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Manna Meal turkey prep

Dave Harrison, head cook at Manna Meal, places a turkey in the oven to roast Tuesday morning in preparation for the Thanksgiving meal Thursday. The soup kitchen will partner with the annual Frank Veltri Thanksgiving Dinner to provide a free turkey dinner to people from 11 a.m. to 1 p.m. Thursday.

For the second consecutive year, a Charleston Thanksgiving tradition has taken on a slightly different look.

Last week, volunteers with the annual Frank Veltri Thanksgiving Dinner put together 524 bags containing ingredients to make about 2,100 Thanksgiving dinner meals and delivered them to high-rise apartment buildings in Charleston.

Coordinator Angie Douglas said the change from the way the meal has been traditionally served — at a mass gathering with some prepared meals delivered — is a response to COVID-19.

“Because of COVID, we weren’t able to secure a location to do a sit-down meal. Last year was just not safe enough,” Douglas said. “And with the rise [in COVID-19 cases] and everything this year again, it was still not safe to do a sit-down meal with people so close together and taking off masks and everything.

“So we had to do the bag groceries for Thanksgiving so they could prepare the food at home on Thanksgiving Day.”

Work on “Thanksgiving in a bag” started Thursday, with unloading food and filling bags. That continued through Saturday, when the bags were delivered, Douglas said.

“[The bags] went to all the Charleston area high-rises,” Douglas said “And there’s some low-rise apartments that are for the seniors and the disabled that we deliver to. And some long, outstanding people that used to work with Veltri at the Holley Hotel that we still make sure they get food because they’re now up in age and unable to get out.”

Manna Meal turkey prep

Miles Harrison, a volunteer for Manna Meal, slices onions to put in the turkey dressing the soup kitchen will serve on Thanksgiving Day.

About 150 people volunteered this year, she said.

“We couldn’t do this dinner without all the volunteers,” Douglas said.

One group in particular, the Nitro High School boys basketball team, stepped up and “saved us,” she said.

“We had a big group of boys to come and help us with the heavy lifting and moving of the bags and staging the bags and stuff and filling them,” Douglas said. “And then they came back the next day for delivery. And they delivered as a group to one big high-rise. And they ended up helping us out and taking the bread trays back to the Piggly Wiggly for us, as well. So they were a huge help.”

The Veltri dinner dates back to 1967 at the old Holley Hotel. Frank Veltri died in 2001, but left an endowment with the Greater Kanawha Valley Foundation so the dinner could continue.

This year, to follow the stipulation Veltri left in the endowment that a hot meal be served as well as food delivered, organizers will again partner with Manna Meal to offer a sit-down turkey dinner Thursday.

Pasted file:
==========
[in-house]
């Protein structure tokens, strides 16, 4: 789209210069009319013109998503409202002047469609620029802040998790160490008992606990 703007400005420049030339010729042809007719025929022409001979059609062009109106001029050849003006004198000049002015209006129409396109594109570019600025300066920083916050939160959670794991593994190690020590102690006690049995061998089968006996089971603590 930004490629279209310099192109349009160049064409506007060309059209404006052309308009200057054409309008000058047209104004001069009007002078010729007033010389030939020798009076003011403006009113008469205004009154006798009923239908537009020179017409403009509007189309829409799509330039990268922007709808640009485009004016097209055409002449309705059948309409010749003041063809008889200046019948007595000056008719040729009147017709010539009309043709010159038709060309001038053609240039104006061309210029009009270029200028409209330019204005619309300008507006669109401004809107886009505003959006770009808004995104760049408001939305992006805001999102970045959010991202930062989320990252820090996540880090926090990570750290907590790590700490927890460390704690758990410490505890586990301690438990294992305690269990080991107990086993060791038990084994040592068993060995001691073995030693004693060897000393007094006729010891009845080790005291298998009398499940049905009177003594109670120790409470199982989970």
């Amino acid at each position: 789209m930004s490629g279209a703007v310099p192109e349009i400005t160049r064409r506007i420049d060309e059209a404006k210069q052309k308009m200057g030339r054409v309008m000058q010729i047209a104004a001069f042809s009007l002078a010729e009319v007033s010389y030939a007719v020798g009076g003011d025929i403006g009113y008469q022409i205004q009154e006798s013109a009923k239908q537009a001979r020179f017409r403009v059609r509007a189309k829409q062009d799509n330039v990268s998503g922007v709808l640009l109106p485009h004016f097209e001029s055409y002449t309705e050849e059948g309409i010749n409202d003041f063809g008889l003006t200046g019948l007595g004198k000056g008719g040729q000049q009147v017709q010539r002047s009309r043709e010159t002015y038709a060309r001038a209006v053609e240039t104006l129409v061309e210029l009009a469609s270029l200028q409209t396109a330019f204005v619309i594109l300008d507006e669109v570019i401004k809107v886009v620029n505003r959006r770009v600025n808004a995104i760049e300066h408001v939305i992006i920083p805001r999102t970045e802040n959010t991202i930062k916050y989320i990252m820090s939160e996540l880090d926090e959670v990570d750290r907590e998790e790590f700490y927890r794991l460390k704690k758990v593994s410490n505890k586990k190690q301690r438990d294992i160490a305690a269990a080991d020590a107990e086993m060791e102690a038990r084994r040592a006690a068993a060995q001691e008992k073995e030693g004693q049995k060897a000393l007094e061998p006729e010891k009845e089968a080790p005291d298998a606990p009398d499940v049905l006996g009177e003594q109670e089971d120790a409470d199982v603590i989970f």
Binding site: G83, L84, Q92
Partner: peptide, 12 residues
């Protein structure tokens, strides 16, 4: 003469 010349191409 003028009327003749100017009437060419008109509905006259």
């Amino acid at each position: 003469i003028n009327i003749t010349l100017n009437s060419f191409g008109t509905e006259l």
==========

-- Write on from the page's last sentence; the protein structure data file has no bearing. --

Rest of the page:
“The biggest thing that Veltri gives Manna Meal is really money to feed people,” said Traci Strickland, director of the Kanawha Valley Collective, which handles the financial aspects of the Veltri dinner. “Manna Meal is a well-oiled machine. Manna Meal has not missed a beat feeding people through the pandemic and showing that it can be done safely. So really, it was a no-brainer to partner with them for this.”

Amy Wolfe, director of Manna Meal, said the soup kitchen anticipates feeding between 325 and 350 people on Thursday, up about 100 from the number they feed on a typical Thanksgiving.

Last year, when Manna Meal first absorbed the sit-down portion of the Veltri dinner, it fed 336 people, she said.

“I’m anticipating there will be about the same,” Wolfe said. “Maybe a little bit more, because our numbers have been slightly more elevated this year than like this even this time last year, which is hard to believe.”

Manna Meal is limiting the number of volunteers working in its kitchen to three. That means its 10-person staff will absorb the extra work in preparing the Thanksgiving meal, she said.

“They’re taking all that on while we’re still feeding 400-and-some people a day, normally,” Wolfe said. “It’s a lot. And they’ve absorbed it all. This group of individuals that works with us, they are amazing. They are good, and very mission driven. Because I don’t know that we could have done what we’ve done without those exact people.

“And this is all a free dinner. We’re more than happy to partake in that.”

Thursday’s dinner will include turkey, mashed potatoes, sweet potato pie, macaroni and cheese, and rolls.

Manna Meal turkey prep

Manna Meal volunteer Frederick George (right) prepares bread cubes and worker Hunter Johns slices celery Tuesday morning as they prepare food for Manna Meal to serve on Thanksgiving.

Wolfe said the Thanksgiving meal will be “elevated,’ compared to meals Manna Meal typically serves.

The staff will decorate the room and put out table cloths.

The soup kitchen is still serving food in to-go containers — another COVID-19 precaution. This meal will be served from plastic containers, instead of Styrofoam.

Wolfe said she wants the dinner to feel special to the people who come.

“Everyone deserves to celebrate,” Wolfe said. “And it’s nice to be able to do that for them, for anyone that wants to come through the door. No judgments. It’s just, ‘Hey, we’re here. Come sit down with us.’”

The Thanksgiving meal will be served from 11 a.m. until 1 p.m. Thursday at Manna Meal, 1105 Quarrier St.

Lori Kersey covers the city and county. She can be reached at 304-348-1240 or lori.kersey@hdmediallc.com. Follow

@LoriKerseyWV on Twitter.

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